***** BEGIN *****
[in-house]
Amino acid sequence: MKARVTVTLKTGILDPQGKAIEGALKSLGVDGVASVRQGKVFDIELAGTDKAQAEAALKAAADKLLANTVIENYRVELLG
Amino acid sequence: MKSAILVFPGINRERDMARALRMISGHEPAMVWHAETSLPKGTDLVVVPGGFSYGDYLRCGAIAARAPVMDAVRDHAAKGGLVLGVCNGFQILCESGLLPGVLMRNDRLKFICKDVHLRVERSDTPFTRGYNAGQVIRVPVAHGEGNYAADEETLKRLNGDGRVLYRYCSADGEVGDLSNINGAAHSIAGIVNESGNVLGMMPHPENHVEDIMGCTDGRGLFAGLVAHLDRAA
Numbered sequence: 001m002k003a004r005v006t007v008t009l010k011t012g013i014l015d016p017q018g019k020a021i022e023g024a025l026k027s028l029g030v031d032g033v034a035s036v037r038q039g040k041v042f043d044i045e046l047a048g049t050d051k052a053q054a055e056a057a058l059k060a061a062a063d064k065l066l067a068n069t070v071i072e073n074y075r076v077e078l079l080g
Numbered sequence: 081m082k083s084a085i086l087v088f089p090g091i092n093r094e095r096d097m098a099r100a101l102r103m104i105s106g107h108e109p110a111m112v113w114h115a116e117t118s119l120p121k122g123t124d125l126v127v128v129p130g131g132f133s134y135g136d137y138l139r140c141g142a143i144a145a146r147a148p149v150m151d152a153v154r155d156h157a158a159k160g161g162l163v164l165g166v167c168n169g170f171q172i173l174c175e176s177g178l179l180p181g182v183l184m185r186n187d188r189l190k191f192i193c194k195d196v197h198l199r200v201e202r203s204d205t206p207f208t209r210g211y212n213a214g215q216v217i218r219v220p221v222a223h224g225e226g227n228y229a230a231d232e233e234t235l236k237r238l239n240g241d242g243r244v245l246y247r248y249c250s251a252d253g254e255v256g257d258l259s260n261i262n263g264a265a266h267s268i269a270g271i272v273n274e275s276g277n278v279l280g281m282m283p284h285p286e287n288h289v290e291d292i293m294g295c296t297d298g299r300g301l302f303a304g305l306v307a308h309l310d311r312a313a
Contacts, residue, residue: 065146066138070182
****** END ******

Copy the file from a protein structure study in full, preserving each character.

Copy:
[in-house]
Amino acid sequence: MKARVTVTLKTGILDPQGKAIEGALKSLGVDGVASVRQGKVFDIELAGTDKAQAEAALKAAADKLLANTVIENYRVELLG
Amino acid sequence: MKSAILVFPGINRERDMARALRMISGHEPAMVWHAETSLPKGTDLVVVPGGFSYGDYLRCGAIAARAPVMDAVRDHAAKGGLVLGVCNGFQILCESGLLPGVLMRNDRLKFICKDVHLRVERSDTPFTRGYNAGQVIRVPVAHGEGNYAADEETLKRLNGDGRVLYRYCSADGEVGDLSNINGAAHSIAGIVNESGNVLGMMPHPENHVEDIMGCTDGRGLFAGLVAHLDRAA
Numbered sequence: 001m002k003a004r005v006t007v008t009l010k011t012g013i014l015d016p017q018g019k020a021i022e023g024a025l026k027s028l029g030v031d032g033v034a035s036v037r038q039g040k041v042f043d044i045e046l047a048g049t050d051k052a053q054a055e056a057a058l059k060a061a062a063d064k065l066l067a068n069t070v071i072e073n074y075r076v077e078l079l080g
Numbered sequence: 081m082k083s084a085i086l087v088f089p090g091i092n093r094e095r096d097m098a099r100a101l102r103m104i105s106g107h108e109p110a111m112v113w114h115a116e117t118s119l120p121k122g123t124d125l126v127v128v129p130g131g132f133s134y135g136d137y138l139r140c141g142a143i144a145a146r147a148p149v150m151d152a153v154r155d156h157a158a159k160g161g162l163v164l165g166v167c168n169g170f171q172i173l174c175e176s177g178l179l180p181g182v183l184m185r186n187d188r189l190k191f192i193c194k195d196v197h198l199r200v201e202r203s204d205t206p207f208t209r210g211y212n213a214g215q216v217i218r219v220p221v222a223h224g225e226g227n228y229a230a231d232e233e234t235l236k237r238l239n240g241d242g243r244v245l246y247r248y249c250s251a252d253g254e255v256g257d258l259s260n261i262n263g264a265a266h267s268i269a270g271i272v273n274e275s276g277n278v279l280g281m282m283p284h285p286e287n288h289v290e291d292i293m294g295c296t297d298g299r300g301l302f303a304g305l306v307a308h309l310d311r312a313a
Contacts, residue, residue: 065146066138070182